Above the last rock patch we switched to booting where the slope transitioned to a steeper angle. The first 500 feet or so was easy booting, but the last several hundred feet to the summit ridge was over softened and very taxing. We topped out near 10,700 feet and both of us were looking forward to the views down into the crater from above. It was not to be however, since in the last 2o minutes or so prior to reaching the summit ridge a large lenticular cloud was forming which completed blocked the views to the south and west. Standing at the summit ridge for several minutes with the wind was blowing 30 plus miles per hour, it was evident the sky wasn’t going to clear up anytime soon, so we retreated to ride the Wy’East face while the visibility was still good.
I dropped in first while Joe spotted from above, and made turns a a few hundred feet down the steep slope. Though soft, the snow skied very well and consistently. I stopped at the top of a rock feature and snapped some photos of Joe as he came down and then by me…
Standing at the top of the rock features, we chose to ski through to the left, making turns down the perfect pitch. I waited until Joe was down past the steeper section and at a safe place before heading down. The slope was so nice I opened it up a bit and ripped down making wide sweeping turns, covering 800 feet or so in no time at all.
We took turns with the camera, leap frogging each other down the slope and snapping pics along the way. Lower down the slope mellowed a bit and became a bit stickier but was still good for ripping turns. I found a place to setup and snap a couple shots of Joe skiing with the White River Canyon and Mt Jefferson in the background…
After skiing the Wy’East proper, we crossed the rock ridge and scoped out options for skiing into the Superbowl and upper Heather Canyon. The snow in upper Superbowl looked pretty nice, but lower down conditions appeared to deteriorate. With the warm temperatures of the day, we decided to ski the upper half of the bowl and then traverse out and back to the ski area. Joe dropped in and made effortless turns down the smooth snow….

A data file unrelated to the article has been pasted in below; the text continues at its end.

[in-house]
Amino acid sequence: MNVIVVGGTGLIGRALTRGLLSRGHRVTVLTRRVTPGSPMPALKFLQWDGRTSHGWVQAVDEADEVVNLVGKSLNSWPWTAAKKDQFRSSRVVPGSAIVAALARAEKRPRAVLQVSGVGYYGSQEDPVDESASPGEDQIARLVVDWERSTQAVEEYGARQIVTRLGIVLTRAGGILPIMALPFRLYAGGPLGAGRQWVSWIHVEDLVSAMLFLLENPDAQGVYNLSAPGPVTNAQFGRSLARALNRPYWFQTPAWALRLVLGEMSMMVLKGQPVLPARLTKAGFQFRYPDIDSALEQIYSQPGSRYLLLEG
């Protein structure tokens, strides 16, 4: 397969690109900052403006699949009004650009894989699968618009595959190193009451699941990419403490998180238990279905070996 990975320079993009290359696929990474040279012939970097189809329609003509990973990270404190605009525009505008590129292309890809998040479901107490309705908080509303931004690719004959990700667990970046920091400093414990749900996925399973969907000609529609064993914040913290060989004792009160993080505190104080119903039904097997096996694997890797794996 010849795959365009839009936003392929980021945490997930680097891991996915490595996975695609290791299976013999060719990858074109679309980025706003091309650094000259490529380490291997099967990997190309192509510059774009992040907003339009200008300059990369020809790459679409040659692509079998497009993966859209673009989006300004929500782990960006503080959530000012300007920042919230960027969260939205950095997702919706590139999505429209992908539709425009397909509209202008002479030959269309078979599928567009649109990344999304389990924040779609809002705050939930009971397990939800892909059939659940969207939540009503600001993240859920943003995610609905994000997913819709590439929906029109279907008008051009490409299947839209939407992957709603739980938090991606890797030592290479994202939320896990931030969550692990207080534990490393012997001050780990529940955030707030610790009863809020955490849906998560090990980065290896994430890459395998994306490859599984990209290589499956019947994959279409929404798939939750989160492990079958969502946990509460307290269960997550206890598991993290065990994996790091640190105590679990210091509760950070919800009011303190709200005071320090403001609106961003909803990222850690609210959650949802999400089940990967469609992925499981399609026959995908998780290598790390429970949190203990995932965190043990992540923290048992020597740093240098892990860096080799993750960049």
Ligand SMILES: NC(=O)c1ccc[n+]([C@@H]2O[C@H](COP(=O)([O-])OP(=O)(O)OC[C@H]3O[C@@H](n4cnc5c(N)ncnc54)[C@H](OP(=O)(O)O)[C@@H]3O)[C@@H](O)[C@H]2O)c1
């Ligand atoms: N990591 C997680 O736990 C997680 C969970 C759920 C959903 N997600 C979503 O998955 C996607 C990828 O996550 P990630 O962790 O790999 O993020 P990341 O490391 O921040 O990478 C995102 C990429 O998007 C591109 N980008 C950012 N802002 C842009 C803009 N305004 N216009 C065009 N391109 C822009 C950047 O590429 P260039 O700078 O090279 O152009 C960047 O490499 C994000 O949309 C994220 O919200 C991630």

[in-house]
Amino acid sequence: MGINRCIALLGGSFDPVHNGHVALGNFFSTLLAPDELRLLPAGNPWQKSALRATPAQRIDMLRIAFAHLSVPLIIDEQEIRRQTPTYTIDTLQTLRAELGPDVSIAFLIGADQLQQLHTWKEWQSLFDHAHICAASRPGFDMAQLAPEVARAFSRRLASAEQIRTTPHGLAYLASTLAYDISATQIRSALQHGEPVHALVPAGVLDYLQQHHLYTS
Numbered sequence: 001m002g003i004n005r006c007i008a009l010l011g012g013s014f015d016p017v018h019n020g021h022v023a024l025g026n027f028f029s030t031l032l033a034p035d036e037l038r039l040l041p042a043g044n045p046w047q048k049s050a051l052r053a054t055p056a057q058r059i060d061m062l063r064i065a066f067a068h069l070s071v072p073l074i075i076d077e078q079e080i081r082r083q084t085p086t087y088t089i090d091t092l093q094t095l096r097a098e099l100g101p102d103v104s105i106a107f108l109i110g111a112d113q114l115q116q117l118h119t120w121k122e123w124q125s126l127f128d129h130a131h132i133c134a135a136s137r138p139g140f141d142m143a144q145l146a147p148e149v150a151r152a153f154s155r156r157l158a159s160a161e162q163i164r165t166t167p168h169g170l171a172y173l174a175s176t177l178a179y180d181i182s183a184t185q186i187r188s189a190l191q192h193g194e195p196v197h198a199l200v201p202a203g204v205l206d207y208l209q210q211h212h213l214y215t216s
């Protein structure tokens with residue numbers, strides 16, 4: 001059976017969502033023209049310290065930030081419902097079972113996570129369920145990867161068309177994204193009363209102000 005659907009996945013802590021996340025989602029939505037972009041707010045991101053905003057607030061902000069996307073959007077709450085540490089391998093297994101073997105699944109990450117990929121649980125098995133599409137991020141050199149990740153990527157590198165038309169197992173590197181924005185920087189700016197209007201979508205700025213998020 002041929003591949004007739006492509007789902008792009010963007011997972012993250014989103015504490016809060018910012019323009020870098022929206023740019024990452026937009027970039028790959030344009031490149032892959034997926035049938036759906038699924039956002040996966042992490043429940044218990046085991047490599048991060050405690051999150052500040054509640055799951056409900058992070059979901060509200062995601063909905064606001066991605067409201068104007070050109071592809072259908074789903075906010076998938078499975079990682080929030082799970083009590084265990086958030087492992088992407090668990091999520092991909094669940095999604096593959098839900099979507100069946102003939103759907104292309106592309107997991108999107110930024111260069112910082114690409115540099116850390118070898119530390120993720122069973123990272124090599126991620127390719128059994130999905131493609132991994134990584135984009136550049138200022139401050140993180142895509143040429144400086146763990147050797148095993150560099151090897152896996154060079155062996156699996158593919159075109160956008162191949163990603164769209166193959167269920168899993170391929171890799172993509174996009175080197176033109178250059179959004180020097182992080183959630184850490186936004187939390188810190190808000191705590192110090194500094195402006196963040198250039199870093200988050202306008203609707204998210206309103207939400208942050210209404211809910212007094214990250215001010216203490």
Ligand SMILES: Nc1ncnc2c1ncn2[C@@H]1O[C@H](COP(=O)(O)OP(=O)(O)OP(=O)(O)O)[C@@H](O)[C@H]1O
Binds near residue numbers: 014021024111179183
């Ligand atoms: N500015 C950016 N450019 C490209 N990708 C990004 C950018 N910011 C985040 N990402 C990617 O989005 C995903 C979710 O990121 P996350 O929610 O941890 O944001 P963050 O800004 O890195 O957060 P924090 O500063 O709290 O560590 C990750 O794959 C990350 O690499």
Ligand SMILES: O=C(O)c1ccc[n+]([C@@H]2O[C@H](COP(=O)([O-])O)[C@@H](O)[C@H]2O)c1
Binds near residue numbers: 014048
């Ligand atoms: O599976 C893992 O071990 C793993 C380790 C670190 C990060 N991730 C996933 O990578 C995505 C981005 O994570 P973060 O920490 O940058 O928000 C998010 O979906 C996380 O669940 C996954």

The upper part of Superbowl skied nice as expected, and it was really tempting to drop all the way down. In fact, at one point we reconsidered it and almost did. The slope had it all, but the snow conditions lower down just weren’t quite what we were looking for so the lower half of the bowl would have to wait for another day. After traversing over to where we could see the top of the Cascade lift, a few rock portages were necessary before we got to the large snowfield above the ski area. The ski down through the resort was on dirty snow, but still fun and beat hiking for sure! We were able to link snow patches near the bottom and ride all the way to the parking lot, making for a top to bottom ski of 5500 feet of turns! Not bad for June!
Back at the car, we aired out our gear, changed into shorts and flip flops and grabbed a well-earned ice cold beer. Looking back up at our route, the summit was still engulfed in the lenticular cloud, proving our decision to descend when we did to be a good one. Driving home on Highway 35, the Wy’East came into view and both Joe and I were stoked to see what we’d just skied. Given all the Wy’East has to offer – big vertical, steep slopes, objective dangers (rockfall, avalanche potential, etc.) and awesome scenery, I’d say it’s definitely a Mt Hood classic!